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Press release May 4, 2005


RUTHLESS TV boss Sir Alan Sugar is well known for getting straight to the point, telling his potential protégés in The Apprentice: “You’re fired”.

But in the real world, few of today’s company bosses would even dare think about sacking an employee on the spot.

A survey by employment law specialists ELAS of small and medium sized businesses revealed that over 80 per cent of bosses would never sack an employee on the spot.

And even those prepared to emulate Sir Alan said their staff would have to do something extremely serious to warrant being told: “You’re fired.”

According to experts at ELAS, managers are right to think twice before dishing out the P45s at will.

“It might look good on TV but a lot has changed since Sir Alan’s day,” said senior employment lawyer John Peel.

“Any company should think long and hard before showing someone the door.

“Already, the law makes it hard for companies to sack workers at the drop of a hat and managers need to be aware of today’s employment laws before dealing with any type of staff problems."

For contestants of BBC2’s The Apprentice, which ends tonight (WED), a moment’s poor leadership or one weak sales pitch was enough for some of them to be shown the door.

But almost all business leaders accept that in the real world, an employee would have to perform particularly badly before being asked to clear their desks.

And even in the most extreme circumstances, 82 per cent of bosses would still carry out a full investigation before giving staff their marching orders.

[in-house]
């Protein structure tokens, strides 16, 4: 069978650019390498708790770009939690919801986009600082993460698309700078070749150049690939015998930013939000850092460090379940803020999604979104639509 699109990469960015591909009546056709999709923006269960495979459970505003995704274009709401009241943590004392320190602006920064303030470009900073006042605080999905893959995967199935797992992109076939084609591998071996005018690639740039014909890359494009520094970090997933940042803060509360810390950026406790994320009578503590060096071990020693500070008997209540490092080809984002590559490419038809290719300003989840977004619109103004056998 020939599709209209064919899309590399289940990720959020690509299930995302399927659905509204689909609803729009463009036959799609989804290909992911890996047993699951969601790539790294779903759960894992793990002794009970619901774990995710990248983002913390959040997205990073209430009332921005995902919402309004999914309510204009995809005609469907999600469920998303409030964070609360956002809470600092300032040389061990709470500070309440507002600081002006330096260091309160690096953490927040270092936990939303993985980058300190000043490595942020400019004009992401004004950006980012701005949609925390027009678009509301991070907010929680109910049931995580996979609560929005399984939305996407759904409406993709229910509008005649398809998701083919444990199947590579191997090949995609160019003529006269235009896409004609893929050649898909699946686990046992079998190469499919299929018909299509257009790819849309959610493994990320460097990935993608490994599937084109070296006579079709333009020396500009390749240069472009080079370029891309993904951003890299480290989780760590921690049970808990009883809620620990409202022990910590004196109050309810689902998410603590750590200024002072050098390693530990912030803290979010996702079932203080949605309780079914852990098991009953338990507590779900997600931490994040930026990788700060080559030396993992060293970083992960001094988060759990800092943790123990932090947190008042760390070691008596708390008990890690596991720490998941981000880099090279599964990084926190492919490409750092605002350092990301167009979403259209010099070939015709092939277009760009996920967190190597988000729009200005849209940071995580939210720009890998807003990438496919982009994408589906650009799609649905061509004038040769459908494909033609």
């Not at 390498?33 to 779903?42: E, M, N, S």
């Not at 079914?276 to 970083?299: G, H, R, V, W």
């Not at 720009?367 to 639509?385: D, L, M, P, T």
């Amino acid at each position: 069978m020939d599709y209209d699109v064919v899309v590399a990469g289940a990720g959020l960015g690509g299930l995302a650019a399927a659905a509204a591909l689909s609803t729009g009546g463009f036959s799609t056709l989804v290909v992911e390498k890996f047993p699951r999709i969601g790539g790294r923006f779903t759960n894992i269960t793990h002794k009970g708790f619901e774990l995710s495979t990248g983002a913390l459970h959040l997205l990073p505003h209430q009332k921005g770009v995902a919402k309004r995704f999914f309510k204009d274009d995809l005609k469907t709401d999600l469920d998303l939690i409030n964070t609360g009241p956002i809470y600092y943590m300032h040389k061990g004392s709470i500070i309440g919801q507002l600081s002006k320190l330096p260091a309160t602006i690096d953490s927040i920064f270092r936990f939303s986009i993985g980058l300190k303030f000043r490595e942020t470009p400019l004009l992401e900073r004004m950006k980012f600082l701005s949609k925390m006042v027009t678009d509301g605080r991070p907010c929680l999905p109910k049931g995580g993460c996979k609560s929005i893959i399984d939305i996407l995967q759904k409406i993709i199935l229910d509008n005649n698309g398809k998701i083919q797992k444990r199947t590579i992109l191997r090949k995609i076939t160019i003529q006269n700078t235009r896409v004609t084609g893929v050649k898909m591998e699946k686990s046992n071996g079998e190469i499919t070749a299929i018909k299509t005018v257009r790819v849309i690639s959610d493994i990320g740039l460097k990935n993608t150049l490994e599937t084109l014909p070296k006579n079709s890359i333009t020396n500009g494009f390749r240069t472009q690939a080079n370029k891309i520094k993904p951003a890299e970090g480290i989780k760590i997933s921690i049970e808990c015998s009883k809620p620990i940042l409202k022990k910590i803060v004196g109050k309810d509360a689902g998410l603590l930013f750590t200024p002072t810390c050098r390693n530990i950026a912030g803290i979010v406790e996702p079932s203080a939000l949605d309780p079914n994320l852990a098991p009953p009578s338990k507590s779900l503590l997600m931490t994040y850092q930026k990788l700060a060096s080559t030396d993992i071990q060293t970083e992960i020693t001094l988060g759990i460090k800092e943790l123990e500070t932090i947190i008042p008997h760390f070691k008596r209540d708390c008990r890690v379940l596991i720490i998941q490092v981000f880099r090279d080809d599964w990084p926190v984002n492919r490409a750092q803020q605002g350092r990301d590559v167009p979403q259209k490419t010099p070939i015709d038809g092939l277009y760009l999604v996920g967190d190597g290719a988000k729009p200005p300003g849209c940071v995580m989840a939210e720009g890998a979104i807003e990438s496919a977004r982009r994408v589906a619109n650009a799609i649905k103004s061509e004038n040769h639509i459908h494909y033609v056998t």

“A hasty move like Sir Alan’s, while it sounds exciting, could prove very costly in the long run,” Mr Peel added.

For most bosses, the issues most likely to cause problems remain the bread-and-butter problems of absenteeism, staff sickness and poor timekeeping while only a handful (3 per cent) admitted to being most concerned by issues of discrimination or harassment.

Around half of the 700 companies polled said they had no set procedures in place to deal with employees falling pregnant, while a staggering 77 per cent had no provisions to deal with employees’ religious beliefs.

One in five firms admitted to monitoring employees’ emails.


ELAS questioned 700 small and medium sized (SME) businesses about a range of employment law issues. Among its findings were:

82 per cent said they would not dismiss an employee instantly in view of current employment legislation;
Managers’ biggest employment law issues were, in order of importance:
41 per cent of firms said their business was affected by absenteeism, with a quarter of those saying the problem was worse than it was five years ago;
20 per cent of companies said they monitored emails;
60 per cent of companies had no set procedures to deal with pregnancy.
85 per cent of bosses had no provisions in place to allow employees to follow their religious beliefs.
60 per cent had no compulsory retirement age with many employing staff aged 65 or more.
90 per cent of bosses admitted they had no idea that there are 42 opportunities for an employee to take their employer to tribunal in the first 12 months of service;
33 per cent of bosses knew of inter-office relationships within their company.


For more information or to interview ELAS employment lawyer John Peel call Chris Marritt at Mason Media on 0151 707 4514 or 07908 214950.

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